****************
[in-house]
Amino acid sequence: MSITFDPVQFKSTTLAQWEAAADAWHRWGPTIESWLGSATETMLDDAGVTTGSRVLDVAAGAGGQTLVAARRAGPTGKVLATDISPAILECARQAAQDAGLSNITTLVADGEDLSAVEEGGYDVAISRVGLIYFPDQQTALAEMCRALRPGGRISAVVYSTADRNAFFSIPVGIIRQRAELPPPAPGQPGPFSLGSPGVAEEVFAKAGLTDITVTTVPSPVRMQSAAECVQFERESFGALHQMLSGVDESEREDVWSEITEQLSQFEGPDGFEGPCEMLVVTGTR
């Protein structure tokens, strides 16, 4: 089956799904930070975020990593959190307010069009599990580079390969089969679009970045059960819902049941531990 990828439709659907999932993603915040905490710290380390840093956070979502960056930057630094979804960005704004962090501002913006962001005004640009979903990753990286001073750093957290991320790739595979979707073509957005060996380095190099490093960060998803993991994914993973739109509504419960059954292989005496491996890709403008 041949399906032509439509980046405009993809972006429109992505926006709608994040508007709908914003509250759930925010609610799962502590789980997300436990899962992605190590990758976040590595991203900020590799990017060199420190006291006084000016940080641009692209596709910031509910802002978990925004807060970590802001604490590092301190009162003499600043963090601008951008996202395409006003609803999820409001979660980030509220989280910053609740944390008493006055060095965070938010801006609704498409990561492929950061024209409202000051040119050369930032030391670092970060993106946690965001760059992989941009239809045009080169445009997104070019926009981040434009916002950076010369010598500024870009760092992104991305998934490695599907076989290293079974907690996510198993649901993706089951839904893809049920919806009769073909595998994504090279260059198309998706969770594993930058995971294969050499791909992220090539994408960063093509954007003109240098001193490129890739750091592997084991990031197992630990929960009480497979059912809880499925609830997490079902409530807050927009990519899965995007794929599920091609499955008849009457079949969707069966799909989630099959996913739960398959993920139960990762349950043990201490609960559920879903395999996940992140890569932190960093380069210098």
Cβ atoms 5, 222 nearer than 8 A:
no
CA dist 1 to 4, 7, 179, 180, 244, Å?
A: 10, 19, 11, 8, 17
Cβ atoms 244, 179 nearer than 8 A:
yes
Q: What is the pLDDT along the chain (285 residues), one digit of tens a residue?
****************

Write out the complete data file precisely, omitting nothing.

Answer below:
[in-house]
Amino acid sequence: MSITFDPVQFKSTTLAQWEAAADAWHRWGPTIESWLGSATETMLDDAGVTTGSRVLDVAAGAGGQTLVAARRAGPTGKVLATDISPAILECARQAAQDAGLSNITTLVADGEDLSAVEEGGYDVAISRVGLIYFPDQQTALAEMCRALRPGGRISAVVYSTADRNAFFSIPVGIIRQRAELPPPAPGQPGPFSLGSPGVAEEVFAKAGLTDITVTTVPSPVRMQSAAECVQFERESFGALHQMLSGVDESEREDVWSEITEQLSQFEGPDGFEGPCEMLVVTGTR
């Protein structure tokens, strides 16, 4: 089956799904930070975020990593959190307010069009599990580079390969089969679009970045059960819902049941531990 990828439709659907999932993603915040905490710290380390840093956070979502960056930057630094979804960005704004962090501002913006962001005004640009979903990753990286001073750093957290991320790739595979979707073509957005060996380095190099490093960060998803993991994914993973739109509504419960059954292989005496491996890709403008 041949399906032509439509980046405009993809972006429109992505926006709608994040508007709908914003509250759930925010609610799962502590789980997300436990899962992605190590990758976040590595991203900020590799990017060199420190006291006084000016940080641009692209596709910031509910802002978990925004807060970590802001604490590092301190009162003499600043963090601008951008996202395409006003609803999820409001979660980030509220989280910053609740944390008493006055060095965070938010801006609704498409990561492929950061024209409202000051040119050369930032030391670092970060993106946690965001760059992989941009239809045009080169445009997104070019926009981040434009916002950076010369010598500024870009760092992104991305998934490695599907076989290293079974907690996510198993649901993706089951839904893809049920919806009769073909595998994504090279260059198309998706969770594993930058995971294969050499791909992220090539994408960063093509954007003109240098001193490129890739750091592997084991990031197992630990929960009480497979059912809880499925609830997490079902409530807050927009990519899965995007794929599920091609499955008849009457079949969707069966799909989630099959996913739960398959993920139960990762349950043990201490609960559920879903395999996940992140890569932190960093380069210098």
Cβ atoms 5, 222 nearer than 8 A:
no
CA dist 1 to 4, 7, 179, 180, 244, Å?
A: 10, 19, 11, 8, 17
Cβ atoms 244, 179 nearer than 8 A:
yes
Q: What is the pLDDT along the chain (285 residues), one digit of tens a residue?